9:38 PM: Maybe it was too late. Michael Morse came up and laced a single to right, scoring Sandoval. Herrera then struck out Brandon Crawford and got Juan Perez to ground out to short. Giants lead 3-2 in the fourth.

9:29 PM: Brandon Belt flew out to deep left, allowing Sandoval to tag and make it to third. A pretty ballsy send by the third base coach, really, but it worked. With that runners are on the corners, one out and Jeremy Guthrie is officially out of the game. Kelvin Herrera is in. Royals fans had best hope this isn’t too late.

9:26 PM: The fourth inning for the Giants started with Pablo Sandoval reaching first when Alcides Escobar slipped trying to field his grounder to short. That was followed by a single by Hunter Pence. Two on, no one out. Ned Yost just got Kelvin Herrera up and warming. He probably should’ve had him warm to start the inning.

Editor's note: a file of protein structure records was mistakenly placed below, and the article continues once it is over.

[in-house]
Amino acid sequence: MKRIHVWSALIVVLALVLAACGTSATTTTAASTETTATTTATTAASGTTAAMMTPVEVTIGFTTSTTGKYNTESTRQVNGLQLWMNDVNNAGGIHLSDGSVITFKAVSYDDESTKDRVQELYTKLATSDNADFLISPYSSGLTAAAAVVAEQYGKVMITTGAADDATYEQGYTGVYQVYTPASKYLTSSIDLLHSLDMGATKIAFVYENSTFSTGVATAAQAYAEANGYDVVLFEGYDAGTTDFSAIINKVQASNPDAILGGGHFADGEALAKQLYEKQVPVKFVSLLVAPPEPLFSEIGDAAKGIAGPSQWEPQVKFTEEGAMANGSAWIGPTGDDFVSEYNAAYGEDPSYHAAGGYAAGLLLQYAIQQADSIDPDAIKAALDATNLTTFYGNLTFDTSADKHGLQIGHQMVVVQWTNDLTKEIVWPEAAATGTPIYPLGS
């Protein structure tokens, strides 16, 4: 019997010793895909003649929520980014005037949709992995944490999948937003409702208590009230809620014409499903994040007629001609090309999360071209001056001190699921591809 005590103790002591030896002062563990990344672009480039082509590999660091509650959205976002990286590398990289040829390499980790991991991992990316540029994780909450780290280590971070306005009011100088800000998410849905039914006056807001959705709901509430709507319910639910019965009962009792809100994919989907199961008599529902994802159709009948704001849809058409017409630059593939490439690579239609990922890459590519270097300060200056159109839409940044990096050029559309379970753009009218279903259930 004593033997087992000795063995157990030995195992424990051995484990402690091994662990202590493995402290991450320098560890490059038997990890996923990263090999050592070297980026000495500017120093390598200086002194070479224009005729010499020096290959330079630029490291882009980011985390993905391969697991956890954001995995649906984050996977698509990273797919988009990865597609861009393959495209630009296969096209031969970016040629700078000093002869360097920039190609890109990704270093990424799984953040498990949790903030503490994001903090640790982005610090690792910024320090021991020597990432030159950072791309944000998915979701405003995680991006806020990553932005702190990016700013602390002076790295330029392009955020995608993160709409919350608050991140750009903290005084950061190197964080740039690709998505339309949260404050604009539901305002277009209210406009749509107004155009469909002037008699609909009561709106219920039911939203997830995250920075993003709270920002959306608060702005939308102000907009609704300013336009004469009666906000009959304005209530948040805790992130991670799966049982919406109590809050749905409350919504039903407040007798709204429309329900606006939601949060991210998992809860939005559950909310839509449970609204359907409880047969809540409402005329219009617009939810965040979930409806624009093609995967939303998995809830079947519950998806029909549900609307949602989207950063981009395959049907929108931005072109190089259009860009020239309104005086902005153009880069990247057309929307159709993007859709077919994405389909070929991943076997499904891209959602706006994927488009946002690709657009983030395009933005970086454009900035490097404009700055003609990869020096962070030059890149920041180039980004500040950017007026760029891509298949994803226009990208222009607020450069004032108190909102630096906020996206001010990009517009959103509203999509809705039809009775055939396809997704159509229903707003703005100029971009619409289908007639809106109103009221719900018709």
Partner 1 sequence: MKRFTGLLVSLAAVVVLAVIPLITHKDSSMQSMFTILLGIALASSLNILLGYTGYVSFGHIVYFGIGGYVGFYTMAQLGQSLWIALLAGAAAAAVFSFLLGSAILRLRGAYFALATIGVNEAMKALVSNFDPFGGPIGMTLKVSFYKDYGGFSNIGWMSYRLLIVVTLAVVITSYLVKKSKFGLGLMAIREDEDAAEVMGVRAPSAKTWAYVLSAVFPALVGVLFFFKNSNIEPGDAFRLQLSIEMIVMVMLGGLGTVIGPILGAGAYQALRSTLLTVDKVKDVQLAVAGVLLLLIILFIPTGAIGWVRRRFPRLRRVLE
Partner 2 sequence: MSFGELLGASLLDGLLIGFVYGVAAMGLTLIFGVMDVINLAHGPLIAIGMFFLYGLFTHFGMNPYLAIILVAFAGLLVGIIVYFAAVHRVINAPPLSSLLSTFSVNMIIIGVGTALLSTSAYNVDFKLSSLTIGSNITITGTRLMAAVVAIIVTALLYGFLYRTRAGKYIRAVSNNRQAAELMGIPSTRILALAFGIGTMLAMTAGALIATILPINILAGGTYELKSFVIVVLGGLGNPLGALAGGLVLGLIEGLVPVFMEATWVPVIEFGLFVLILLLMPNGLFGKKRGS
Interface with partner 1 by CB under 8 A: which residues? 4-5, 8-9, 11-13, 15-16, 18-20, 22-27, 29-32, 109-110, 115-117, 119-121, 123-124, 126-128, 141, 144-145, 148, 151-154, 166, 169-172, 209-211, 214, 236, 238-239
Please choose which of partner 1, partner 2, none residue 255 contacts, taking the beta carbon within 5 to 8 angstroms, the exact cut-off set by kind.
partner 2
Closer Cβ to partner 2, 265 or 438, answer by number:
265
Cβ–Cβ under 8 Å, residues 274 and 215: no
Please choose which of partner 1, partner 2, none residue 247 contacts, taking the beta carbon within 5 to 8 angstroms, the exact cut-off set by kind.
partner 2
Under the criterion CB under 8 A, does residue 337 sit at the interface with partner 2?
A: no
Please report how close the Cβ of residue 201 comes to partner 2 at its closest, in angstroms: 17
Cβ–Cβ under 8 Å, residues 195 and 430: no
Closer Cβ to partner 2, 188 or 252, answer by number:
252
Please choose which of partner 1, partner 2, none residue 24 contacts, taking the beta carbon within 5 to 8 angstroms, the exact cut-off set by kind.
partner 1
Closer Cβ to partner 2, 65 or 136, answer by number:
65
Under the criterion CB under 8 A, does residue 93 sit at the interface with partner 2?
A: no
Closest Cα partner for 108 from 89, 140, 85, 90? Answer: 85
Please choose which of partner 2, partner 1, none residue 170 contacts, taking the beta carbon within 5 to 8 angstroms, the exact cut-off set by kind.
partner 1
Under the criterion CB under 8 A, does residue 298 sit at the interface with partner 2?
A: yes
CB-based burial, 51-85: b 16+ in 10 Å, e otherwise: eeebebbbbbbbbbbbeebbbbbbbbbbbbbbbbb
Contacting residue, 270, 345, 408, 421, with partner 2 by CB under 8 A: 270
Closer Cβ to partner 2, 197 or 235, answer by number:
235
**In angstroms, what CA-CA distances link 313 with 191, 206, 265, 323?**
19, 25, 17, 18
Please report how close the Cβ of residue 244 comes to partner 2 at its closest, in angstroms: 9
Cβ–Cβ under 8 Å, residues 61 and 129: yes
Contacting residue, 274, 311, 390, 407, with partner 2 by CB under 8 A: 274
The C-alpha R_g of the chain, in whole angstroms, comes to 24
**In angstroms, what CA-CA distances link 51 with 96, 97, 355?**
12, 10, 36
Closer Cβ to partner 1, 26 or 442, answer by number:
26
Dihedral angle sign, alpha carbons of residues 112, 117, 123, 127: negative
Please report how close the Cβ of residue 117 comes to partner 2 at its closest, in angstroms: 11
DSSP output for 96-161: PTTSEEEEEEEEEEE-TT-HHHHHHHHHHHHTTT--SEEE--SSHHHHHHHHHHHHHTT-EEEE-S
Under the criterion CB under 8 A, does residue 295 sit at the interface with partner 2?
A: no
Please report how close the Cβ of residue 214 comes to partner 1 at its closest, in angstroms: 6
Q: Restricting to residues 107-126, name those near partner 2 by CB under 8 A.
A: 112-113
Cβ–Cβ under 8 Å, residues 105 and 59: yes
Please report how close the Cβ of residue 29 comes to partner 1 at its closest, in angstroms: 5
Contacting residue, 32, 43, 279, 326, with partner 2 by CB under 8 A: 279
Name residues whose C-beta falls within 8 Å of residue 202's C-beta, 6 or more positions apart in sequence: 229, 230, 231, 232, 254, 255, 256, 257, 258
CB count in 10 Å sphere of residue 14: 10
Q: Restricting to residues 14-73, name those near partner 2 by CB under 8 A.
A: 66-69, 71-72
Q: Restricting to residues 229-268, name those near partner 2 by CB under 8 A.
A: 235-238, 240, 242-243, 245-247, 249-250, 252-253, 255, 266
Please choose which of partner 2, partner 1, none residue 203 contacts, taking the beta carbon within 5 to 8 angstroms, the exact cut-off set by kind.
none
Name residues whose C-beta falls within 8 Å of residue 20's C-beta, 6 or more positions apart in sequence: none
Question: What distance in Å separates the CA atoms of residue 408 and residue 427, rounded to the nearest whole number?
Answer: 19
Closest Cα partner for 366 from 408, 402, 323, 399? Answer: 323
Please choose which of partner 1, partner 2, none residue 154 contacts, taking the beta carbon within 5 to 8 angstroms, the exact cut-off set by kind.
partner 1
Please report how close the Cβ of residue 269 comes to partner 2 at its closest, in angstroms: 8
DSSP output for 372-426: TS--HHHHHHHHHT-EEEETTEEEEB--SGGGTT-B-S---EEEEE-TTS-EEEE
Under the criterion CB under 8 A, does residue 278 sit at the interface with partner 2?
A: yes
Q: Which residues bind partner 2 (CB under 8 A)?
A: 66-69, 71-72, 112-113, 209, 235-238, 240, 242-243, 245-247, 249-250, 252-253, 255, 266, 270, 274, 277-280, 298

9:17 PM: Our first replay challenge of the night comes in the bottom of the third. With a runner on, Eric Hosmer grounded to second. Joe Panik made a slick-as-hell play to rob Hosmer of a hit that would’ve caused this crowd to explode and shoveled the ball to Brandon Crawford who relayed it to first. Hosmer slid head first into first base and was called safe. Bruce Bochy came out to challenge it, however, and the call was overturned after a 2:57 review.

Don’t slide head first into first base unless you’re avoiding a tag, kids. Just don’t ever do it. That may have been the difference between an out and a man safe on first.

We’re through three here in Kansas City and it remains tied at 2.